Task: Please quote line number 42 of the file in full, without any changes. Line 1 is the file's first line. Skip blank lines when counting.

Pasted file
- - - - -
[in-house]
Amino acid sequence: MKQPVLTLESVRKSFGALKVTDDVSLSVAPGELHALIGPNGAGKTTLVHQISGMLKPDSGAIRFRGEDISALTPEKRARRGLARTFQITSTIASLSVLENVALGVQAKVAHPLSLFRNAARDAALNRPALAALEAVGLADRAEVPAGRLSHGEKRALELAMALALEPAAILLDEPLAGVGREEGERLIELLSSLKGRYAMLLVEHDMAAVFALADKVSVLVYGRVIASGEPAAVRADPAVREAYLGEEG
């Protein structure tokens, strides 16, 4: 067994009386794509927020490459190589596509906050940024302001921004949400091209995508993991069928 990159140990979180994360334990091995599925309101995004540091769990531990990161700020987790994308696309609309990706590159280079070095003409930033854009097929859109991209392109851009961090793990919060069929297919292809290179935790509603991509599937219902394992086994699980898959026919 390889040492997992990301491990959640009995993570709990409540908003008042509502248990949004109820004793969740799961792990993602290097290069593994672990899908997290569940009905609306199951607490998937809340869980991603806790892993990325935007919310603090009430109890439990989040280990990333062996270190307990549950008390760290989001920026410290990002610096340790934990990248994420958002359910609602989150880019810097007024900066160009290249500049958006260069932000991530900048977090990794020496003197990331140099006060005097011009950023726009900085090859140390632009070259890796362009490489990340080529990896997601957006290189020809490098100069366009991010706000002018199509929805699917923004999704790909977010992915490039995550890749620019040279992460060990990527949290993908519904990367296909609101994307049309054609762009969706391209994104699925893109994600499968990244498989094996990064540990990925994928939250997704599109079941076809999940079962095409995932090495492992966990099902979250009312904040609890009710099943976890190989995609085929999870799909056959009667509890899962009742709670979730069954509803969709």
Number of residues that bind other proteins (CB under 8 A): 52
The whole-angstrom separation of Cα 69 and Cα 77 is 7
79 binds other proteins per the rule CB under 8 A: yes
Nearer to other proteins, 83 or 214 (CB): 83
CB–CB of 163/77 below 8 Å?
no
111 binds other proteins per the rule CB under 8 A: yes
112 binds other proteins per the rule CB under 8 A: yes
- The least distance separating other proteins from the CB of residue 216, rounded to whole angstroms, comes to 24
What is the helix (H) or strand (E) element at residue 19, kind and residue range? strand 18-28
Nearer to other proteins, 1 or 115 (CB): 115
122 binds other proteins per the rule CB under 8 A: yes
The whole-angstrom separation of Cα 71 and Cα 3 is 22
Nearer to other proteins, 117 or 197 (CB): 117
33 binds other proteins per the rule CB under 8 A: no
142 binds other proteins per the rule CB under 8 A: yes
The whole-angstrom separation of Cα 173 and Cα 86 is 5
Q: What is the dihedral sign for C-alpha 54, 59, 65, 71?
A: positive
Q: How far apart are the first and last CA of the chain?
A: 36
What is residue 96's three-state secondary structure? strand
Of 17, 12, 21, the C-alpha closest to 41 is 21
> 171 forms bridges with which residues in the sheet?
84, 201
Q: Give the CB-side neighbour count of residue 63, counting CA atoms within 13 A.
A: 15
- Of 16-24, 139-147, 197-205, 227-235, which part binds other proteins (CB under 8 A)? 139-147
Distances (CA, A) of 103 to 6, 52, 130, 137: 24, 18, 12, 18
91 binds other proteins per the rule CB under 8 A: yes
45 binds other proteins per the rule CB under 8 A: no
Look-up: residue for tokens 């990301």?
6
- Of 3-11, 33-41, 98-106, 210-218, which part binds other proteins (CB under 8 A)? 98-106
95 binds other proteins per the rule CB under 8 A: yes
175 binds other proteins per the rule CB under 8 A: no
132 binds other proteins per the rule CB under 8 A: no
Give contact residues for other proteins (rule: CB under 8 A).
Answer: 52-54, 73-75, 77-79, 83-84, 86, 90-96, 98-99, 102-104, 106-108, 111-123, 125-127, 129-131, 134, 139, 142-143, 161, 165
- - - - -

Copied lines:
Answer: 52-54, 73-75, 77-79, 83-84, 86, 90-96, 98-99, 102-104, 106-108, 111-123, 125-127, 129-131, 134, 139, 142-143, 161, 165